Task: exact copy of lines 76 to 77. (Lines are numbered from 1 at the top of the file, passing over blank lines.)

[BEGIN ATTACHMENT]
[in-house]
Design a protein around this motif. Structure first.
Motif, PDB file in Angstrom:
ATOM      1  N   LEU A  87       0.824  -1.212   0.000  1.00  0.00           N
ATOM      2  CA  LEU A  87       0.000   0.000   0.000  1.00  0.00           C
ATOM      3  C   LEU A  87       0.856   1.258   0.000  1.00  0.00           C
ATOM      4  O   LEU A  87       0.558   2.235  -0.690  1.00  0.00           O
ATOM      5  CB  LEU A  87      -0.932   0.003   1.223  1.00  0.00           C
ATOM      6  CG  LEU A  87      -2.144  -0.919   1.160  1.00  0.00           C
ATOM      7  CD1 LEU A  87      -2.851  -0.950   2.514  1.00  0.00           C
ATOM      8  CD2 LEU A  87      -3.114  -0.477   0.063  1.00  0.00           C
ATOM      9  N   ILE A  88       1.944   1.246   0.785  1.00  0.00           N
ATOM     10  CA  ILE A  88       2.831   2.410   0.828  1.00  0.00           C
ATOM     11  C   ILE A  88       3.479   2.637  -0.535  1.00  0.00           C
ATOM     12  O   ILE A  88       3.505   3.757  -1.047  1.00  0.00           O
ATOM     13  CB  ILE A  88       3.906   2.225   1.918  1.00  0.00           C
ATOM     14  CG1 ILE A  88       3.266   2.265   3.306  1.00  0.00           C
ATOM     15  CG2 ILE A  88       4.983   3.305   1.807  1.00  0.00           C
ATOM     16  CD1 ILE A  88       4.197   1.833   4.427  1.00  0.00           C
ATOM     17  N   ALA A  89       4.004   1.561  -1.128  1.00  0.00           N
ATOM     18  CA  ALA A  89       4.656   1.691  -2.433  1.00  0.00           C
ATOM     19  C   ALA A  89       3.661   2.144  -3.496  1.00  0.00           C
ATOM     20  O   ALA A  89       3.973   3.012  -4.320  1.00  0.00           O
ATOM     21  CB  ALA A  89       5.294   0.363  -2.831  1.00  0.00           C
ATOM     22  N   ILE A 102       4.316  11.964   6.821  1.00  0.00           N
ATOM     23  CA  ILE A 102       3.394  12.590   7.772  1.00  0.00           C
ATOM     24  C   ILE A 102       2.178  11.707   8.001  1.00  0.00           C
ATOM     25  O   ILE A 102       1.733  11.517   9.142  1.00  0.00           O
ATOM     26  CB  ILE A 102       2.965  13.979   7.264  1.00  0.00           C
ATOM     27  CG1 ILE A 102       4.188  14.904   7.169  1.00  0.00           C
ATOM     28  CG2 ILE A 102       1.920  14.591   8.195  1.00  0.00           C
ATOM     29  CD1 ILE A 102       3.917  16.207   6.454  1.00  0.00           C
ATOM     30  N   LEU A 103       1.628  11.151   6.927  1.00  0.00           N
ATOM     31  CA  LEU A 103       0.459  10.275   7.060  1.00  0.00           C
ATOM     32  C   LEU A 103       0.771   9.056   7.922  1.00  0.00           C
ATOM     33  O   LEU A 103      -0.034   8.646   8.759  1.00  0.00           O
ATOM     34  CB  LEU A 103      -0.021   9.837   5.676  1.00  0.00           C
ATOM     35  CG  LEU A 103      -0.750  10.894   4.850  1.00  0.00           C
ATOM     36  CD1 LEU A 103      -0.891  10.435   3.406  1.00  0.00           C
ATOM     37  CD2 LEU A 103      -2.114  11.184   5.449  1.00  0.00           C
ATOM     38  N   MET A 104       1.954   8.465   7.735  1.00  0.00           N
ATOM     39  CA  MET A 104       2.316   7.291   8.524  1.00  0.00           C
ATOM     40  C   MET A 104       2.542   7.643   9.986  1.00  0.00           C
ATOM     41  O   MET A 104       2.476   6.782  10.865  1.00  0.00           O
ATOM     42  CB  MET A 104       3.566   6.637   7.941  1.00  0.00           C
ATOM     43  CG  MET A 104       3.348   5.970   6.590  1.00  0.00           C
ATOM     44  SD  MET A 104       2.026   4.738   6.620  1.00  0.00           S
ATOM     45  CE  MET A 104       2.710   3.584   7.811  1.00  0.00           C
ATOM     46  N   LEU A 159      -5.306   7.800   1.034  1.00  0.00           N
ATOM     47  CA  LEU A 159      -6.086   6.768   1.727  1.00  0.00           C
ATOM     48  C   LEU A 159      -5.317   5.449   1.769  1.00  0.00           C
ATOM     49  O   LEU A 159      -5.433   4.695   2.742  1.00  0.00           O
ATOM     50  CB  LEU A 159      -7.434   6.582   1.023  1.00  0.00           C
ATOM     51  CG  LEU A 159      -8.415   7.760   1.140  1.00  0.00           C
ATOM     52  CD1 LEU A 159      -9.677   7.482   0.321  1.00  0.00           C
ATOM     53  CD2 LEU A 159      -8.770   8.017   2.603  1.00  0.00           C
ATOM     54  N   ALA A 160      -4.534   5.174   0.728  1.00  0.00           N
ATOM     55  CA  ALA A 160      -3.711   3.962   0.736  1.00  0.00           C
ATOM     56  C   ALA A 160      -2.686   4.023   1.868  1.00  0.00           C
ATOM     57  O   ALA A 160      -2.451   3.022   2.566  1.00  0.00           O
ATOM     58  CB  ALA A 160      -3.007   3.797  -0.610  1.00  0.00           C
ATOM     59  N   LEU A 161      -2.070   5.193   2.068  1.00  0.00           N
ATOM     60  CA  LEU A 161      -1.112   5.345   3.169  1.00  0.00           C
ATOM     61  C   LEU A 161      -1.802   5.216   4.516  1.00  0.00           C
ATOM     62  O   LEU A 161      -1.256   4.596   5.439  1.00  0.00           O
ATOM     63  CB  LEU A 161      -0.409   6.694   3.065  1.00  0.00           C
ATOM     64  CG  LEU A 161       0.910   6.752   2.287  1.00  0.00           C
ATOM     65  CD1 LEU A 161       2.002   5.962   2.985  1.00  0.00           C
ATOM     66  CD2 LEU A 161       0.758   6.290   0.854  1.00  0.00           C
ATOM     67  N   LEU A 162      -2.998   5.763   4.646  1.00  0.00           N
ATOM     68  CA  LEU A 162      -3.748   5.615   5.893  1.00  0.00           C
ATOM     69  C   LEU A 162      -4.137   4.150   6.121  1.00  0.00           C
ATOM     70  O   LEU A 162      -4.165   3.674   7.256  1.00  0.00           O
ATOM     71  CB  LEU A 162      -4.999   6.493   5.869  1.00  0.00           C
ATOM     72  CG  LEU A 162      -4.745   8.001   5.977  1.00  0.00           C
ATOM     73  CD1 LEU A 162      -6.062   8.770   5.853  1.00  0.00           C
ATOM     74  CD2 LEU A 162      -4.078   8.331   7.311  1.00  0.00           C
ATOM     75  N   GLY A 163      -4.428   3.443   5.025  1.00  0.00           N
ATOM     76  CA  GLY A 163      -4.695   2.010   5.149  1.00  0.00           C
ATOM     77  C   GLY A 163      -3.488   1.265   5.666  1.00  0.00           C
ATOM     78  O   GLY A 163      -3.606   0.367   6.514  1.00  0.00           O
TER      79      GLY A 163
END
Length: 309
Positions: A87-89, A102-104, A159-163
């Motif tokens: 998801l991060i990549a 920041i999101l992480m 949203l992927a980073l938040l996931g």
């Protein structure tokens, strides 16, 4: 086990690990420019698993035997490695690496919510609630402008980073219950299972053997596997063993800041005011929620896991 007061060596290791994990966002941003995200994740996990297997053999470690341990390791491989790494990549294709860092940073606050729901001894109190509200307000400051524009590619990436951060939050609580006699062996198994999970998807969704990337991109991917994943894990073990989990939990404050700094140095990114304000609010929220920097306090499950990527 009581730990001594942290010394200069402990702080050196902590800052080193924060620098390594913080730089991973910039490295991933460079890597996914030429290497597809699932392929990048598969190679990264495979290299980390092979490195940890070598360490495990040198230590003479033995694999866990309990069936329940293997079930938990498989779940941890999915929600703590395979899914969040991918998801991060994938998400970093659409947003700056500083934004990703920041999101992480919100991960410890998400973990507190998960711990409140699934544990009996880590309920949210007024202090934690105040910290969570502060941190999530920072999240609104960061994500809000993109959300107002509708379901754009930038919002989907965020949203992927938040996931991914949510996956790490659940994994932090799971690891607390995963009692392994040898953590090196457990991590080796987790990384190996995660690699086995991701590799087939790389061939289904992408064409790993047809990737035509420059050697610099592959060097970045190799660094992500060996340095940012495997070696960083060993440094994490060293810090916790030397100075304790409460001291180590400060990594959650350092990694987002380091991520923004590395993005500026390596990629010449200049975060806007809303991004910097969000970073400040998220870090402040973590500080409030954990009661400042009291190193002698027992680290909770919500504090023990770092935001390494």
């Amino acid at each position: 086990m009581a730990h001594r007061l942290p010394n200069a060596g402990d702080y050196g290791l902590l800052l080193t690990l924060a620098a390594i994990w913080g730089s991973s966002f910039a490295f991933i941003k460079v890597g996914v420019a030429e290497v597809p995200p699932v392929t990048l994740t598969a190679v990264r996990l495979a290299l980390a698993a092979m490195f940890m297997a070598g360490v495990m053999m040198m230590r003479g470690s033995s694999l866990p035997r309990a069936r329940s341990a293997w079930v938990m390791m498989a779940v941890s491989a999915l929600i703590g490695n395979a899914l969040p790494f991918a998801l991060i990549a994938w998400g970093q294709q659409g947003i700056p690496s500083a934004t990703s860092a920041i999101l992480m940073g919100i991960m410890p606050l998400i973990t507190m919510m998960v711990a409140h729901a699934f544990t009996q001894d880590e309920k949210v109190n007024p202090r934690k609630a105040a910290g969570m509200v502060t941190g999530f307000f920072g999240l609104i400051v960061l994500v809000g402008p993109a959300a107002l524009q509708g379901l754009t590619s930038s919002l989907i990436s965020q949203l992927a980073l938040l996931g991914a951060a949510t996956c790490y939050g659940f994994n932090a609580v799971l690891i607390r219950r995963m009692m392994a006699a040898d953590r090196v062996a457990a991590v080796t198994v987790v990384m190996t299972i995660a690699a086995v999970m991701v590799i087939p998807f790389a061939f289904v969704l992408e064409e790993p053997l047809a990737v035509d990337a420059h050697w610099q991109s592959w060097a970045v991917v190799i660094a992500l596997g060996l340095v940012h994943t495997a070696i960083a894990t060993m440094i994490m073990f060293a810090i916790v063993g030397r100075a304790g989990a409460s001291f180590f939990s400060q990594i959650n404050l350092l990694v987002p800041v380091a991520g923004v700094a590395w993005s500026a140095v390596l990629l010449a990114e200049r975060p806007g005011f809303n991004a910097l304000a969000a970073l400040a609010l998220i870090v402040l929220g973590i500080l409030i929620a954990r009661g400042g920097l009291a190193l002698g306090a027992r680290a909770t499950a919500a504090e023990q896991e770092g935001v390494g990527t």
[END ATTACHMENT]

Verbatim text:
ATOM     73  CD1 LEU A 162      -6.062   8.770   5.853  1.00  0.00           C
ATOM     74  CD2 LEU A 162      -4.078   8.331   7.311  1.00  0.00           C